Hospice UK and the National Council for Palliative Care, two charities that support end-of-life care and hospice organisations, have announced plans to reach an agreement on merger in the next three months.
At a meeting on Wednesday, trustees of both organisations agreed to work towards a formal merger between the two organisations.
A spokesman for Hospice UK said no decision had yet been made about whether the newly formed organisation would take on the name and branding of one of the organisations or whether it would develop a wholly new identity.
Hospice UK, which describes itself as the voice of the hospice sector and was registered with the commission in 1993, had an income of £5.5m in the year to 31 March 2016, with spending of £5.6m. The umbrella body the NCPC, registered in 1991, had an income of £1.7m and spending of £1.5m in the same year.
Tracey Bleakley, the chief executive of Hospice UK, will become acting chief executive of the NCPC from 31 May, during the interim period before the merger is fully agreed. Claire Henry, the current chief executive of the NCPC, will join Hospice UK as director of improvement and transformation.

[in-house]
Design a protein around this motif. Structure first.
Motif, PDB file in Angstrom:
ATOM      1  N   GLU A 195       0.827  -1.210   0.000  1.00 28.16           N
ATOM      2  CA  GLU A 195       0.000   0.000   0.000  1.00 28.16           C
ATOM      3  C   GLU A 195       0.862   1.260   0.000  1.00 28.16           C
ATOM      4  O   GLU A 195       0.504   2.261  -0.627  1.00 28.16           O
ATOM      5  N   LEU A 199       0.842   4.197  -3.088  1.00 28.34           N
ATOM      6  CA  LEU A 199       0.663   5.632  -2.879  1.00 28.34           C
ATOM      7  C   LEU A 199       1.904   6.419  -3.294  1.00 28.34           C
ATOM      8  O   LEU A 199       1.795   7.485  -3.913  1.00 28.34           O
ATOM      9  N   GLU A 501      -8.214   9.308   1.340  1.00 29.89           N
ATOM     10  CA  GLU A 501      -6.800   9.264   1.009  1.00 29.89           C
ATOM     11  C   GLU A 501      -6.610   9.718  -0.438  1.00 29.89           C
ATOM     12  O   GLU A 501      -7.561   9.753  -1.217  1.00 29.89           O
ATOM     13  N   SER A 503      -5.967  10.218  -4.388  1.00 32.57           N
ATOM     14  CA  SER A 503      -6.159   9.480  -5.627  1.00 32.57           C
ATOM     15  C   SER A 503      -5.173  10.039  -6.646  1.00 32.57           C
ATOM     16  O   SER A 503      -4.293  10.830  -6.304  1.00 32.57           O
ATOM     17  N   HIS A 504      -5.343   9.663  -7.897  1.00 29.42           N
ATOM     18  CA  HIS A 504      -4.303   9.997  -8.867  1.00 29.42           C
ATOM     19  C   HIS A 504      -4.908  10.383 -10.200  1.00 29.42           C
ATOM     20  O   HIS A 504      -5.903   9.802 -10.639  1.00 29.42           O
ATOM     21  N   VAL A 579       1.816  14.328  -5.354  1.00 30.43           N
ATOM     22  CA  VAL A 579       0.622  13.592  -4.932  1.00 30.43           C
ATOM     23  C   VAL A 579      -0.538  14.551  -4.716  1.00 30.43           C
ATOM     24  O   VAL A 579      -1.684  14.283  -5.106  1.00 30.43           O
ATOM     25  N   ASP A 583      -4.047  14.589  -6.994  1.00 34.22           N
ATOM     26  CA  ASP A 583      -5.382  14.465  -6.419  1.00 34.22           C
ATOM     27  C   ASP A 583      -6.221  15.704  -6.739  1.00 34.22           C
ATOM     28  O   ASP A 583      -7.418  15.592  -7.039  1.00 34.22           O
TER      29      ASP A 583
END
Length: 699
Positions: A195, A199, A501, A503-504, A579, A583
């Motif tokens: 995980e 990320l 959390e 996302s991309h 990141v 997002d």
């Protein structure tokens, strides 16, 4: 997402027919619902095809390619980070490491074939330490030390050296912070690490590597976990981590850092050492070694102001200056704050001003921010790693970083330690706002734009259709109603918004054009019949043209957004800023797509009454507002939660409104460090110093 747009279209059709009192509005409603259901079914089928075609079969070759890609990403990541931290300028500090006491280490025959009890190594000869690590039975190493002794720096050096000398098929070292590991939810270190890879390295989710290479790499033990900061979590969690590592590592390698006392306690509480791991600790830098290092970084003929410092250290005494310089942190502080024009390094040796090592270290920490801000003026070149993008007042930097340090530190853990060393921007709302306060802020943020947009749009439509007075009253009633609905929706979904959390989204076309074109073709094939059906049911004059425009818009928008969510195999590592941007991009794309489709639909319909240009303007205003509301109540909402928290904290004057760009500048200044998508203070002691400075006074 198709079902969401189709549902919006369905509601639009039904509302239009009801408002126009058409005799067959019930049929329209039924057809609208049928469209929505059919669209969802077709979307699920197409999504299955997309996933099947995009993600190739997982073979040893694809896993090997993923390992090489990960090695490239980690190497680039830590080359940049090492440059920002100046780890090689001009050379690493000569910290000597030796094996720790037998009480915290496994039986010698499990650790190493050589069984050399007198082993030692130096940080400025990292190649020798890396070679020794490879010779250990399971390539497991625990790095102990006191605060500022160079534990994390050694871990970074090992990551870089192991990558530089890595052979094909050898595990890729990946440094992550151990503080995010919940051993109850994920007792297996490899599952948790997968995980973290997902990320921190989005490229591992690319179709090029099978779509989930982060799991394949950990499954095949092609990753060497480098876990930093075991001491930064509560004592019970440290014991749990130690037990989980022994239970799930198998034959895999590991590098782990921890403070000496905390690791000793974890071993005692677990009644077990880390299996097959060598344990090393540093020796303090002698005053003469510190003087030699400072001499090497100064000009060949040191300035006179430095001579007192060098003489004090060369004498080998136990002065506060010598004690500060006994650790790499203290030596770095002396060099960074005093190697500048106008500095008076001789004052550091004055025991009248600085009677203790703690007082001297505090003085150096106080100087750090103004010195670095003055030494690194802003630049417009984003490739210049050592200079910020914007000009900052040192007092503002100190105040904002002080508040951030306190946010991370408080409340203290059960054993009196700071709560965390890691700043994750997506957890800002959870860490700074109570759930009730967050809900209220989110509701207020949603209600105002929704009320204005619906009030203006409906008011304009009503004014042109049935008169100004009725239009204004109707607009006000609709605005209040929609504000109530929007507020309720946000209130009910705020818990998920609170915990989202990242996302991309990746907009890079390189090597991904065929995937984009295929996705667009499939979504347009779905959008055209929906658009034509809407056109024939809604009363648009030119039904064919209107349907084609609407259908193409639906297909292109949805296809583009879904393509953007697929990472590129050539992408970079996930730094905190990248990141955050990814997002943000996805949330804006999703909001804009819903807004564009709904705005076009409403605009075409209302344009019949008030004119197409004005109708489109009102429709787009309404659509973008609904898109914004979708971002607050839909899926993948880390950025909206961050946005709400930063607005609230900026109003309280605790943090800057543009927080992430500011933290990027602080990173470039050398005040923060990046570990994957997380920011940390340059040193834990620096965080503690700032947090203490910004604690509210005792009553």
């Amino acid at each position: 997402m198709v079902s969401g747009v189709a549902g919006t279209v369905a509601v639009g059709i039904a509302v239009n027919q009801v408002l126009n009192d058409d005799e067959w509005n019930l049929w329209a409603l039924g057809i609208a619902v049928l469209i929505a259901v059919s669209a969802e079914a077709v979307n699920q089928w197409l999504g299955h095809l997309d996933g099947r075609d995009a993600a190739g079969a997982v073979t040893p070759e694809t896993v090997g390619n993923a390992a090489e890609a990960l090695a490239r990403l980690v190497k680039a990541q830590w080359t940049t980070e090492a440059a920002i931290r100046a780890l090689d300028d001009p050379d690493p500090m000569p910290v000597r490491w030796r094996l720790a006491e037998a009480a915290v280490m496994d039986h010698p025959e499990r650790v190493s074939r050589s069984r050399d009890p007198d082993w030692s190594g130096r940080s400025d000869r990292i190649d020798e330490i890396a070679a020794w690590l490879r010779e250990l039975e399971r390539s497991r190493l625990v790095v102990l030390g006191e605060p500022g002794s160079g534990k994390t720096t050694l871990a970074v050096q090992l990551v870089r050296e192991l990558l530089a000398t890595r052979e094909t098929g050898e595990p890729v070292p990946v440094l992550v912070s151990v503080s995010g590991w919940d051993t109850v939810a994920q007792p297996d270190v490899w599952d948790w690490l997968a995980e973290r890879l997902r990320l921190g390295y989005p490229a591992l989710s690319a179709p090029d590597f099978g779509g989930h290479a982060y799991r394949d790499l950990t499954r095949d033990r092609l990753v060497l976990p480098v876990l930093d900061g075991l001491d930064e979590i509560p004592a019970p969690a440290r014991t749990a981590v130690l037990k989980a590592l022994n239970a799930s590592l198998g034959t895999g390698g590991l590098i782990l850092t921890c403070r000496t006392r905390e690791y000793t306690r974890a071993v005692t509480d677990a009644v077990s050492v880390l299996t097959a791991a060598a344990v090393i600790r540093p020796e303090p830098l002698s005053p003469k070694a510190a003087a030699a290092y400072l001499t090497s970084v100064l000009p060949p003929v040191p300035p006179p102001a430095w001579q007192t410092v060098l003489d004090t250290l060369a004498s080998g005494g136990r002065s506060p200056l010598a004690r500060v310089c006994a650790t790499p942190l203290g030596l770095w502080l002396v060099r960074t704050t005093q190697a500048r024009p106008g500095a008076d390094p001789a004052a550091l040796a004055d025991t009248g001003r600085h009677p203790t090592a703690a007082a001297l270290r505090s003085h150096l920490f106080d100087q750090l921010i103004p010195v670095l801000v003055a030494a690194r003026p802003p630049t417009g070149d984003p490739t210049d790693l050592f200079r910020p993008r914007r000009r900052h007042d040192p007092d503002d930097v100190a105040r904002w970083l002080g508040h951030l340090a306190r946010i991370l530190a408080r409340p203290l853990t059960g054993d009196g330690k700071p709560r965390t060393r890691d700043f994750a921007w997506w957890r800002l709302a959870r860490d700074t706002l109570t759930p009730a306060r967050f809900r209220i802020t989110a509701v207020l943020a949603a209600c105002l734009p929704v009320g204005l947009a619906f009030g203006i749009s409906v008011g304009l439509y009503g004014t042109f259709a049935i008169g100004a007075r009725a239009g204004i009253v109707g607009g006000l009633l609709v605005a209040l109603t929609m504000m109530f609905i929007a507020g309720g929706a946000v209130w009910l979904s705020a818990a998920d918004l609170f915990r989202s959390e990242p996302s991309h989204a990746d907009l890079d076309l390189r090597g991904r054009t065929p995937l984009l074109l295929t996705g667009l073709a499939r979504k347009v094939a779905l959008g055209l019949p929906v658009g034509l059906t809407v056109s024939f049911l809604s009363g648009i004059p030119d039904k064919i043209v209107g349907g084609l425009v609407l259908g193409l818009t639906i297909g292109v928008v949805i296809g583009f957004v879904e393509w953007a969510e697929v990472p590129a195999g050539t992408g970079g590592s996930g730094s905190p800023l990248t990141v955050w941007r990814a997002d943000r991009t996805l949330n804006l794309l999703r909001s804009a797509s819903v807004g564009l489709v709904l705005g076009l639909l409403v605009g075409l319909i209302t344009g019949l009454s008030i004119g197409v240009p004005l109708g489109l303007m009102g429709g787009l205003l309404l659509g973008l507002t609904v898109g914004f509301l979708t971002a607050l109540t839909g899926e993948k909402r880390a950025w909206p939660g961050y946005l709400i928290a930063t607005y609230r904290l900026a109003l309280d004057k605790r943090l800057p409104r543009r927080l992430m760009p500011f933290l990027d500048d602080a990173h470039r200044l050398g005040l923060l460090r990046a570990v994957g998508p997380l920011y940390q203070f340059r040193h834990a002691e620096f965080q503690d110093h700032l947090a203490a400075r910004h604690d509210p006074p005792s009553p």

Lord Michael Howard, chair of Hospice UK, said: "As the national voice of hospice care in the UK, we are constantly looking for ways to improve the quality of care received by those reaching the end of life.
"By collaborating directly with the NCPC, we can pool resources, share knowledge and expand our reach – and ultimately improve outcomes for the beneficiaries of end-of-life care."
He said the organisations’ shared goals and history of working together made the merger a natural progression for the two charities.
Baroness Ilora Finlay, chair of the NCPC, said: "By coming together, we will continue to provide a clear vision and an even stronger voice for end-of-life care everywhere, because the most important people in end-of-life care are the person with the life-limiting condition and their family."
She said the new organisation would be in a stronger position to take forward the NCPC’s Dying Matters project, which brings together hospices, care homes, NHS organisations, faith groups and others to encourage more people to talk openly about death and bereavement.